This Roesel’s katydid nymph was one of a small cluster we found on an elevated bank.
This bioblitz invited members of the public to assist those scientists open to such participation. I was delighted to have a team, for a change, and we enjoyed all the organisms we were finding.
Northern leopard frogs were abundant, a sign of how rapidly the wetland is improving in quality.
Peck’s skipper was one of a number of butterfly species we observed.
Jeff Holland’s Purdue University entomology team always provides a highlight with their beetle-drawing lights.
1000 watts of power.
Helpers collect some of the insects that fall to the sheets below.
Here is what they were seeing.
Congratulations to Betsy Yankowiak and the Little River Wetlands Project team for a job well done.
Betsy presented an overview of the area’s geology for interested participants.
On Sunday afternoon, during a bike ride through Fermilab, I heard the first spring field crickets of the year. They had just begun, as there were only 3 of them. This is the third earliest date I have heard them in DuPage County, a little surprising given the late spring, though the deep snow that covered the ground most of the winter certainly provided the nymphs with protection. If a larger population survived, some statistical outliers could be starting up earlier than otherwise would be the case.
Cheating a little here: this is a fall field cricket female, but that species is physically identical to its spring sibling species.
Apart from such uncommonly encountered critters as sulphur-winged grasshoppers and spring trigs, the next common singing insects to mature should be the predaceous katydids (Roesel’s katydid and the protean shieldback), and gladiator meadow katydids. By then I hope that the spring field crickets will have built numbers to the point where I can finish my county survey of their distribution.
The start of the singing insect season still is a couple months away, but among the early species will be the three katydids I am featuring today. They are relatively hardy, hatching very early in the spring and developing quickly. Two of them, Roesel’s katydid and the protean shieldback, are known as predaceous katydids, and their dietary focus on animals is what allows them to get going so early. The gladiator meadow katydid is the earliest of its species group to hatch, and so the earliest to begin singing. The meadow katydids are generalists, and the gladiator probably has a greater proportion of animal foods in its diet than the others. Roesel’s katydid is a European species, introduced in the Montreal area and spreading south, east and west from there.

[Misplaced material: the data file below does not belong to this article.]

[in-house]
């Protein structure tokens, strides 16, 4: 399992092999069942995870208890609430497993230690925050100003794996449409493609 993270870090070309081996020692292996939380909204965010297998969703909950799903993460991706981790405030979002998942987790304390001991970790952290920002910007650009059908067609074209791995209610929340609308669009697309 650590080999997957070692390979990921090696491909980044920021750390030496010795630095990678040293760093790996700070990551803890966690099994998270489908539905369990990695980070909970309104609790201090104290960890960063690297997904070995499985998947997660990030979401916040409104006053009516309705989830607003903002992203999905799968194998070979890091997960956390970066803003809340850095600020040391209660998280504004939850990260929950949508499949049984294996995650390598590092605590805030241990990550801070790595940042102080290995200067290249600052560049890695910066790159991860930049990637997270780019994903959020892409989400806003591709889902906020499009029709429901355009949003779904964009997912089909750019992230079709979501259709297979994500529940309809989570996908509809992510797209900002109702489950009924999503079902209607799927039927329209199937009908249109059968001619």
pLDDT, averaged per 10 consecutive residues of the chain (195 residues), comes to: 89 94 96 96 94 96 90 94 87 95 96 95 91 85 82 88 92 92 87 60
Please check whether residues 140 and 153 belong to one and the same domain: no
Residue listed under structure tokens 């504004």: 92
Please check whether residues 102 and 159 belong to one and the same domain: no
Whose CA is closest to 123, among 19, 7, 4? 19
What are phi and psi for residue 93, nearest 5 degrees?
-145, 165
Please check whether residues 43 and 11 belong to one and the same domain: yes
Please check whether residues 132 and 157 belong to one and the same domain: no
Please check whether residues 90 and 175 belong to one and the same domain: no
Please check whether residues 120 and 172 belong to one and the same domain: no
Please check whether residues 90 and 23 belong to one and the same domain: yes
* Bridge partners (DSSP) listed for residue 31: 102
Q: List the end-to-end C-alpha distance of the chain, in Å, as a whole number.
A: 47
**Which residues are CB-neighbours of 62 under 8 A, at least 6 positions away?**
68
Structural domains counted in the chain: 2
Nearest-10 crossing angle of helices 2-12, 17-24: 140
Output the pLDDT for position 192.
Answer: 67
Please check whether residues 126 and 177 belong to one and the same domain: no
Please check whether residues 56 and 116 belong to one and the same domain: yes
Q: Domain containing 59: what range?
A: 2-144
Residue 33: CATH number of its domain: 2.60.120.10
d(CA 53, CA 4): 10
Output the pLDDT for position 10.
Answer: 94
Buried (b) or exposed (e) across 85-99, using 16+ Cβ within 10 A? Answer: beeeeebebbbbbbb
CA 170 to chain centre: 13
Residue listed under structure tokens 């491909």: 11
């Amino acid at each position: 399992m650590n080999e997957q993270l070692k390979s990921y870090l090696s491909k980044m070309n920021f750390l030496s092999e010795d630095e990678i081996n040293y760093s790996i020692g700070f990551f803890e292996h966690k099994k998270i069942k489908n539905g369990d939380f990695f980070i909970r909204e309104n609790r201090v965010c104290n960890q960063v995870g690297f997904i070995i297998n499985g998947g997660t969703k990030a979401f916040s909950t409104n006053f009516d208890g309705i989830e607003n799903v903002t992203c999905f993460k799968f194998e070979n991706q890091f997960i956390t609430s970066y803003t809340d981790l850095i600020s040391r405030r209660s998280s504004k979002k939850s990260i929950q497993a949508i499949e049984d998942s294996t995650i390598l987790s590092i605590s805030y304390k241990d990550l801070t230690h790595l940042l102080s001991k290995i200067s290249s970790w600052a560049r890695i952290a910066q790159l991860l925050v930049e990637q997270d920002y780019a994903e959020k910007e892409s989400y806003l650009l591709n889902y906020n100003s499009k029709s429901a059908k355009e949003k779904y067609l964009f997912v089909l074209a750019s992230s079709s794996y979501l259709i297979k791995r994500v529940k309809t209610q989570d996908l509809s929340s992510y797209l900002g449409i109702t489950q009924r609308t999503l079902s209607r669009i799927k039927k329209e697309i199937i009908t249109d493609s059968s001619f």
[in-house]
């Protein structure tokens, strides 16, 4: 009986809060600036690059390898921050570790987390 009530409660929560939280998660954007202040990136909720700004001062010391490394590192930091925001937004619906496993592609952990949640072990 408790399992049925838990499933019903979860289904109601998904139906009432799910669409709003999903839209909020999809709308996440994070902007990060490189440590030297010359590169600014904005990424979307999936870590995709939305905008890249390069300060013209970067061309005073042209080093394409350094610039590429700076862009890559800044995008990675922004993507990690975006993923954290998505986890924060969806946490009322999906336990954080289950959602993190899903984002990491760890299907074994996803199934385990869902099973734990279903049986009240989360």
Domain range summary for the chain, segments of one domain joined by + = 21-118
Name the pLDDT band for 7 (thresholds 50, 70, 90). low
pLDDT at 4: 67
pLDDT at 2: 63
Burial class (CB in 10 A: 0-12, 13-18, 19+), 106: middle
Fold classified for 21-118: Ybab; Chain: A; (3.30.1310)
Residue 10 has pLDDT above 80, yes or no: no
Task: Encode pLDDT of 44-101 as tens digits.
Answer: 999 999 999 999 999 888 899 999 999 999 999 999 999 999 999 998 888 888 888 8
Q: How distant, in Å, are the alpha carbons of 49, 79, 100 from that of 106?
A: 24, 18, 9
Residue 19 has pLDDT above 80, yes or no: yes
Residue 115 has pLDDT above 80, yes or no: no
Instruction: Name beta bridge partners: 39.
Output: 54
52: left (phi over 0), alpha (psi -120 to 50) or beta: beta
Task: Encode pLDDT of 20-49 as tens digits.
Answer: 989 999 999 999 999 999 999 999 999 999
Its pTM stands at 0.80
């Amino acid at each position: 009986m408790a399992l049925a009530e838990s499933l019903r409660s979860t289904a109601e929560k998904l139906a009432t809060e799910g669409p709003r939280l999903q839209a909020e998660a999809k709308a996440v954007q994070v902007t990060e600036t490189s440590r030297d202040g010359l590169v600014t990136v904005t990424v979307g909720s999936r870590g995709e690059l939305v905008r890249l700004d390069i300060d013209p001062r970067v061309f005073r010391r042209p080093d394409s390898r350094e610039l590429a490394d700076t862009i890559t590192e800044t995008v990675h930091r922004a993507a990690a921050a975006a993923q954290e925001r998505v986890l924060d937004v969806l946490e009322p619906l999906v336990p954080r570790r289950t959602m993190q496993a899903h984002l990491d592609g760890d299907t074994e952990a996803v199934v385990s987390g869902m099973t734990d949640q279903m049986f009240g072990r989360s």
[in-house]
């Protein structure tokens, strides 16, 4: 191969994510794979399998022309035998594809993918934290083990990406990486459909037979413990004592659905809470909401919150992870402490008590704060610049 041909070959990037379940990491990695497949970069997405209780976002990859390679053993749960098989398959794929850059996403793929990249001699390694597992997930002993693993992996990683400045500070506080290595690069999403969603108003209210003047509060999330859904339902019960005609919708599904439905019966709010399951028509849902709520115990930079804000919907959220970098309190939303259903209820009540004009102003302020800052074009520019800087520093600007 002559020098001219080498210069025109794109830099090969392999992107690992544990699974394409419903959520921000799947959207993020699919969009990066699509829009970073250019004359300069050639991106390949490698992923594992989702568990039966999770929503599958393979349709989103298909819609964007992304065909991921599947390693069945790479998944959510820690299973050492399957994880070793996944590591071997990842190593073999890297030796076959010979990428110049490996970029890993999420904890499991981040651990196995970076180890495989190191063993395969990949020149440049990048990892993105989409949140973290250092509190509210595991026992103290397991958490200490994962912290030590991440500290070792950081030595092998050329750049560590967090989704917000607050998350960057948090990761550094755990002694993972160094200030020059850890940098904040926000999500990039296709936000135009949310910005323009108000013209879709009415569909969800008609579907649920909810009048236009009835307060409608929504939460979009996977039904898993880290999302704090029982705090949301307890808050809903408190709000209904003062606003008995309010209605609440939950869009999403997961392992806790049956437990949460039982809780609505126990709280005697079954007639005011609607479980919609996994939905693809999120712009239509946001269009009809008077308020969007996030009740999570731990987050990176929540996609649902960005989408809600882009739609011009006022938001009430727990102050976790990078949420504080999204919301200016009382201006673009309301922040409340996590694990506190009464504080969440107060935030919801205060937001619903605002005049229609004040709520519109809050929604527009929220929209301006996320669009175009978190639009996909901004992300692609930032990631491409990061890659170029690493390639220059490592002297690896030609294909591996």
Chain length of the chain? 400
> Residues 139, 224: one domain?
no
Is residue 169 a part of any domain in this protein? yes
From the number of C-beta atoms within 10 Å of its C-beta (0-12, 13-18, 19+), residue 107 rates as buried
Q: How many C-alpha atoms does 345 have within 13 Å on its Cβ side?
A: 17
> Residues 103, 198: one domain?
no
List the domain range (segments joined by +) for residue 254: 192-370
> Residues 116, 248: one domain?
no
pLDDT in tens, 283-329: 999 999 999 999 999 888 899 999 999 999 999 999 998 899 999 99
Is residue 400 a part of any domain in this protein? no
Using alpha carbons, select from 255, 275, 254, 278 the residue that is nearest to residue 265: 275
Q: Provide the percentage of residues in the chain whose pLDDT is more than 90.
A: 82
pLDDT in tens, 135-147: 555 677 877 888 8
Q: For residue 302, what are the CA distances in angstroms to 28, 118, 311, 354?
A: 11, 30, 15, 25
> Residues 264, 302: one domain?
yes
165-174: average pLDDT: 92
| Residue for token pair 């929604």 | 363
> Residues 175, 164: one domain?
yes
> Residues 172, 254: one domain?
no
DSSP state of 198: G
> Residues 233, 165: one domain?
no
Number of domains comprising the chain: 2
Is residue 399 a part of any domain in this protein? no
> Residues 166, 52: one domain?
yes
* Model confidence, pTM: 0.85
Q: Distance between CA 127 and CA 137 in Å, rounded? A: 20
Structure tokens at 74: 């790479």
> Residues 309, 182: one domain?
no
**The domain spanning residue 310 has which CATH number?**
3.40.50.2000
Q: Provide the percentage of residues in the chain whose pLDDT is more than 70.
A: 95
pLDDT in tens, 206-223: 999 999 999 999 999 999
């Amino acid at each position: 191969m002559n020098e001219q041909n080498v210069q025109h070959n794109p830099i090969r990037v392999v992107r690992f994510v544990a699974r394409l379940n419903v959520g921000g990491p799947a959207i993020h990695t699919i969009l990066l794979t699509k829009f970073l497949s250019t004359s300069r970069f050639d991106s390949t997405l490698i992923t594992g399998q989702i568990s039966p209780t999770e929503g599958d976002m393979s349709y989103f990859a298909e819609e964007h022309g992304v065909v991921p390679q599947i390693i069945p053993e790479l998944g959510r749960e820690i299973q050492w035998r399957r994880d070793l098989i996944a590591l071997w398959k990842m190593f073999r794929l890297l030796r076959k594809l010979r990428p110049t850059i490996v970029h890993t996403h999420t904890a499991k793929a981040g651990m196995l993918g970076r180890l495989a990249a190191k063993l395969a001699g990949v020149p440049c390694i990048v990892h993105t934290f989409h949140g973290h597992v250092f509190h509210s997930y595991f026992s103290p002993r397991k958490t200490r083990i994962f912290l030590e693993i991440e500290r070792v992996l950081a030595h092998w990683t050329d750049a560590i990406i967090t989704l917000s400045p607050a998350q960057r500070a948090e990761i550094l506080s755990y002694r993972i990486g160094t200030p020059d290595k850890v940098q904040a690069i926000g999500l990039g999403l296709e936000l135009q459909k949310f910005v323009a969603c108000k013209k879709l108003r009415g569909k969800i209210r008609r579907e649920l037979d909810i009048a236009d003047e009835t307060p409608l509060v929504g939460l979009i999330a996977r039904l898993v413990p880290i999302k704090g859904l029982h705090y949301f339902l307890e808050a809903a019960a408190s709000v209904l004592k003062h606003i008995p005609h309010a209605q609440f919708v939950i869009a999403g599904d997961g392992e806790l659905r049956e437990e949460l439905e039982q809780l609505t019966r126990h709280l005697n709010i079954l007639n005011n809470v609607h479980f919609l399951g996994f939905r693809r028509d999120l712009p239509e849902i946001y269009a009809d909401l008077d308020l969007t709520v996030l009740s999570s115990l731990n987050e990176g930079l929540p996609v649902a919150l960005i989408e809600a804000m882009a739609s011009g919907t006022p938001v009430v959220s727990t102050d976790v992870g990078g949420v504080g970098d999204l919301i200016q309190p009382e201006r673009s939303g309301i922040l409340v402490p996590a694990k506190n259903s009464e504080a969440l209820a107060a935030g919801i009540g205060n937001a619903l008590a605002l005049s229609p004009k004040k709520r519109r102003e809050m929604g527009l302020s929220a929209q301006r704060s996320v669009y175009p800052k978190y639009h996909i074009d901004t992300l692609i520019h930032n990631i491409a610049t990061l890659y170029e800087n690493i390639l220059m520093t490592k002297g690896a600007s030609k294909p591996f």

Roesel’s is the only katydid in the Chicago area with a color pattern anything like this.
Its song is a long, fast, constant buzz:
I am at an age where I have a little more difficulty hearing this one each year. The pitch rises with temperature, and on a hot mid-day I now need the SongFinder pitch-altering device to hear individuals that are audible in the morning and late afternoon.
The protean shieldback, like Roesel’s katydid, is a species of the meadows, but also is common in brushy areas and open woodlands.
Protean shieldback female. This is a relatively heavy-bodied katydid
Its song is an extended buzz, but has much more of a slower, rattling quality than Roesel’s song.
It is not as loud as it may seem from the recording, but is not really difficult to hear. The protean shieldback begins singing in mid- to late afternoon, and continues into the night.
The gladiator meadow katydid is similar in appearance to other large meadow katydids.
This photo shows why the meadow katydids once were known as “long-horned grasshoppers.”
The gladiator meadow katydid’s variation on the generalized tick-and-buzz meadow katydid song pattern de-emphasizes the tick portion. I often don’t notice ticks at all, though they may be softly produced more often than I suspect, as in the following recording:
The buzz is similar in quality to the protean shieldback’s song, but it is shorter in length, rhythmically produced, and the volume rises at the end.
In order for us to understand insects well enough to know which ones need the most attention in conservation, there are some pieces of information we need: how abundant they are, how broad or narrow their habitat needs, their reproductive potential, and their dispersal ability. The first two items are readily obtained in the course of a regional survey such as I am conducting for singing insects in northeast Illinois and counties in neighboring states. Reproductive potential has been studied to some extent and can be found in the literature for some species. Dispersal ability is a critical point that is not well studied as far as I can tell, and so it is good to take advantage of observations that reveal which species spread easily, and which ones do not.
Over the past two weeks I spent much time in the St. Joseph Hospital in Mishawaka, Indiana, where the medical professionals saved my mother’s life.
The hospital was built 3-4 years ago, and is surrounded by extensive areas planted mainly in native prairie plants.
Occasionally I took walks along the paths, or made observations while arriving or departing. The species present in the plantings can be regarded as ones with high dispersal ability. These included field crickets (I cannot be sure which, as this was the cusp between the spring and fall field cricket seasons), striped and Allard’s ground crickets, Carolina grasshoppers, Roesel’s katydids, and a sword-bearing conehead. All of these are regionally abundant, and fairly broad in their habitat (dry to mesic mixes of grasses and forbs). Three have good flying ability (in the case of Roesel’s, there are long-winged individuals as well as medium and short-winged ones). Field crickets and the ground crickets can take advantage of their regional abundance and tendency to hop and walk over land. One limitation here is that I was only able to make observations over a brief portion of the season.
If I had to point to the weediest singing insect in our region, I’d have to say it’s the striped ground cricket, which is the quickest to appear in a new site.